Fifty years ago, in July 1964, President Lyndon Johnson signed the Civil Rights Act of 1964 into law. Through this landmark piece of legislation, the federal government sought, among other things, to dismantle abhorrent “Jim Crow” laws in the South which rendered African Americans second class citizens.
A strong minority of legislators in Congress fought bitterly to try to defeat the Civil Rights Act. They argued that the Civil Rights Act would unconstitutionally usurp state rights and impair individual liberty. Thanks, in part, to the work of civil rights activists like Dr. Martin Luther King and John Lewis, who helped the entire nation and its members of Congress to see the horrors of segregation and Jim Crow, enough members of Congress banded together to pass the law.
Interestingly, before the Civil Rights Act passed, opponents to the law added an amendment to bar sex discrimination in employment. This tactic backfired. Title VII of the Civil Rights Act, which prohibits employment discrimination, passed with not only landmark protections against race discrimination, religious discrimination, and national origin discrimination, but also with landmark protections against sex discrimination.
Discussing the need for the Civil Rights Act, President Johnson said the following:
“We believe that all men are created equal. Yet many are denied equal treatment.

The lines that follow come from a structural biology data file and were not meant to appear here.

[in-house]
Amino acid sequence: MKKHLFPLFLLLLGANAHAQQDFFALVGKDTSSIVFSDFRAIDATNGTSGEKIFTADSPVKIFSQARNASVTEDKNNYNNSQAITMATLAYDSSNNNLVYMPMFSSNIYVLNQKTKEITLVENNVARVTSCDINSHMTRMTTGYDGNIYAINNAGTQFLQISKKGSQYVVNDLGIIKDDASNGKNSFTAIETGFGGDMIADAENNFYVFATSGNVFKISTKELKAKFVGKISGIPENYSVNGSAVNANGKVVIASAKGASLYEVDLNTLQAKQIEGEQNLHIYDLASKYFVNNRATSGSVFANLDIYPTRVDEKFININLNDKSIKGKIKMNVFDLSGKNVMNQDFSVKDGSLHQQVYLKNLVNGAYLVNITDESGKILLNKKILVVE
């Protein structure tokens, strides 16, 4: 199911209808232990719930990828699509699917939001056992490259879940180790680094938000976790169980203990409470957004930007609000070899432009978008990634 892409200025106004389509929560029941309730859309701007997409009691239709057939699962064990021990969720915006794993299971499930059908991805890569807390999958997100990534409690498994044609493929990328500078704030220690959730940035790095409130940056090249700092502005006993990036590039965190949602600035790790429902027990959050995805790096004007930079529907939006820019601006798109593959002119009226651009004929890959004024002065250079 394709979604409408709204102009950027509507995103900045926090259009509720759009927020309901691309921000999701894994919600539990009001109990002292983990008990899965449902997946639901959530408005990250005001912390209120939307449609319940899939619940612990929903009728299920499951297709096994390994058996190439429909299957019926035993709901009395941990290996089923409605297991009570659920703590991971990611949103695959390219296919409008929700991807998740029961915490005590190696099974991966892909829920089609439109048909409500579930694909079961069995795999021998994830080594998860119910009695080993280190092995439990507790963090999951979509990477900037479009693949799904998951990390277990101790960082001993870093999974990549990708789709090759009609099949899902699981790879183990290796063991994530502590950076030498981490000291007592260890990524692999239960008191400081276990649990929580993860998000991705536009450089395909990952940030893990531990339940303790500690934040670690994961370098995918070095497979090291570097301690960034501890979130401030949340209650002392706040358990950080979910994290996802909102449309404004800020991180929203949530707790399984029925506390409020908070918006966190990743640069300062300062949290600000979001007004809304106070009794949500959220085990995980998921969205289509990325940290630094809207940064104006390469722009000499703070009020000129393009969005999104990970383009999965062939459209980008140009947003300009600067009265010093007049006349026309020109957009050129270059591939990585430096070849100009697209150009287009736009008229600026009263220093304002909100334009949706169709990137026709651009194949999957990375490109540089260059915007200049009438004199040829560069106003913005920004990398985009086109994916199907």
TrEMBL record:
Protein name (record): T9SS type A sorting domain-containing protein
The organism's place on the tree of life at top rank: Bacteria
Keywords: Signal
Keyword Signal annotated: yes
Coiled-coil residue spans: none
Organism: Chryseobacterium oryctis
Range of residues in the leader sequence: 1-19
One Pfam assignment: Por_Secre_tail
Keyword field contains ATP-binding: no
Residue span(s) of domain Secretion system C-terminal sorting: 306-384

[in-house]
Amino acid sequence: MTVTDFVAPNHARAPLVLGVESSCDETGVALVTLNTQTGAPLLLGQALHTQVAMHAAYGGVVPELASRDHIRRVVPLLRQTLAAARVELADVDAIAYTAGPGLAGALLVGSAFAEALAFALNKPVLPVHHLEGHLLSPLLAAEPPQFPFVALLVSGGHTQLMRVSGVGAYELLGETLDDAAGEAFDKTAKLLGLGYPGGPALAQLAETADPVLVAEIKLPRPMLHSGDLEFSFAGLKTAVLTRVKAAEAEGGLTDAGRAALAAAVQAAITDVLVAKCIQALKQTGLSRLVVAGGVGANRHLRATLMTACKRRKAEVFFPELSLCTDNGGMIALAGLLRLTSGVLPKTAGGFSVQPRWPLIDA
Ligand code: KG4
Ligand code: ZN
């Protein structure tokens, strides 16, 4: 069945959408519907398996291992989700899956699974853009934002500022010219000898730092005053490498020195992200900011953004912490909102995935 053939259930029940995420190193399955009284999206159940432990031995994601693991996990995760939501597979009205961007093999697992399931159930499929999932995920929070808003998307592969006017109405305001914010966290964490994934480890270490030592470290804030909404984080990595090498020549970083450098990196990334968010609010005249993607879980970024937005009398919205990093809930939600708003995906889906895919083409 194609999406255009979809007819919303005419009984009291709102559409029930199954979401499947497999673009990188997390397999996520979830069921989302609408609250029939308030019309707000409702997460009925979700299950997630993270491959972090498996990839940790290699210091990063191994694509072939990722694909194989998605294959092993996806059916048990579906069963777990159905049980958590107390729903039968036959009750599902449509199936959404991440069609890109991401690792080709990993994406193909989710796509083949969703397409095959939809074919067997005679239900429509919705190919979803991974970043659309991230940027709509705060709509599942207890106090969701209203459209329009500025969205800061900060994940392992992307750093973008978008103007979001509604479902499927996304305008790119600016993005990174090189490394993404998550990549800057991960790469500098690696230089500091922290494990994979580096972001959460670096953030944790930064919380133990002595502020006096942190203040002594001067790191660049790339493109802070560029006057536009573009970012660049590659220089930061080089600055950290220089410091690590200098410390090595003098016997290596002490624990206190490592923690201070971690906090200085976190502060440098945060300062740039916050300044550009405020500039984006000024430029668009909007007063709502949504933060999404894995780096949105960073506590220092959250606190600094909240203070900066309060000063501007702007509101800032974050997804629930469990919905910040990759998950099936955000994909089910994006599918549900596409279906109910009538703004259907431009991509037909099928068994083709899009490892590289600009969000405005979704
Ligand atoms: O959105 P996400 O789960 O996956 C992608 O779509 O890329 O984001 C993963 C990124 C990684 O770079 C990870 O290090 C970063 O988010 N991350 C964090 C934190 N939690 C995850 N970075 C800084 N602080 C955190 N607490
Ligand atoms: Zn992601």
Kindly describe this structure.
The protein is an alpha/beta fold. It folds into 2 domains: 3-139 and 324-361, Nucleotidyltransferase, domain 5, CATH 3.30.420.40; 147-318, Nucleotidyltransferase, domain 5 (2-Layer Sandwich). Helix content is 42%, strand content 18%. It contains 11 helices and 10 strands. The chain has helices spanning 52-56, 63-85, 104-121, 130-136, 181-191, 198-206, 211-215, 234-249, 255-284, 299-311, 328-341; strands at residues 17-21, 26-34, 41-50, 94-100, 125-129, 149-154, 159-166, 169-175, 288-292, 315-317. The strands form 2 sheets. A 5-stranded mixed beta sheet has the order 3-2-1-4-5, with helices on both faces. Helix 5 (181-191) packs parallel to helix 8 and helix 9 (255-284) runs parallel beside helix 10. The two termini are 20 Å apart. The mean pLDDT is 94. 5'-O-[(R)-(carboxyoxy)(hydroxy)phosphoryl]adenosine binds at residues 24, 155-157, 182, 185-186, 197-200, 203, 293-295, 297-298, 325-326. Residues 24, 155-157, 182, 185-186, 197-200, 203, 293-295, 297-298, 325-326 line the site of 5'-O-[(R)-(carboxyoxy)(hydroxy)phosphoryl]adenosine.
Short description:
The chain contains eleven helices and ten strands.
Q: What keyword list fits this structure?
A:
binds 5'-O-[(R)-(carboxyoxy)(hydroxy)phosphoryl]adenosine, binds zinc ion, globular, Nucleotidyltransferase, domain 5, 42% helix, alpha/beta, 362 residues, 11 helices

We believe that all men have certain unalienable rights. Yet many Americans do not enjoy those rights.
We believe that all men are entitled to the blessings of liberty. Yet millions are being deprived of those blessings—not because of their own failures, but because of the color of their skin.”
The Civil Rights Act has helped to make the United States a more just, more fair, and more prosperous place. But, the words of President Johnson above apply today just as they did fifty years ago. Today, most Americans support the policies that underlie the Civil Rights Act. Nevertheless, vigorous enforcement of the Civil Rights Act continues to be necessary. Far too many women are subjected to sexual harassment in the workplace or receive less pay for the same work that men do. Far too many religious people are forced to choose between their job and practicing their faith. Far too many racial minorities are subjected to discrimination due to baseless and bigoted stereotypes about them being “lazy” or “violent.” In other words, as late U.S. Senator Ted Kennedy said, “civil rights remain America’s great unfinished business.”
The Maine Employee Rights Group works on the front lines of this continuing struggle for equality in the workplace. We are committed to stamping out unlawful discrimination in the workplace in all its forms. If you need help in this regard, give us a call.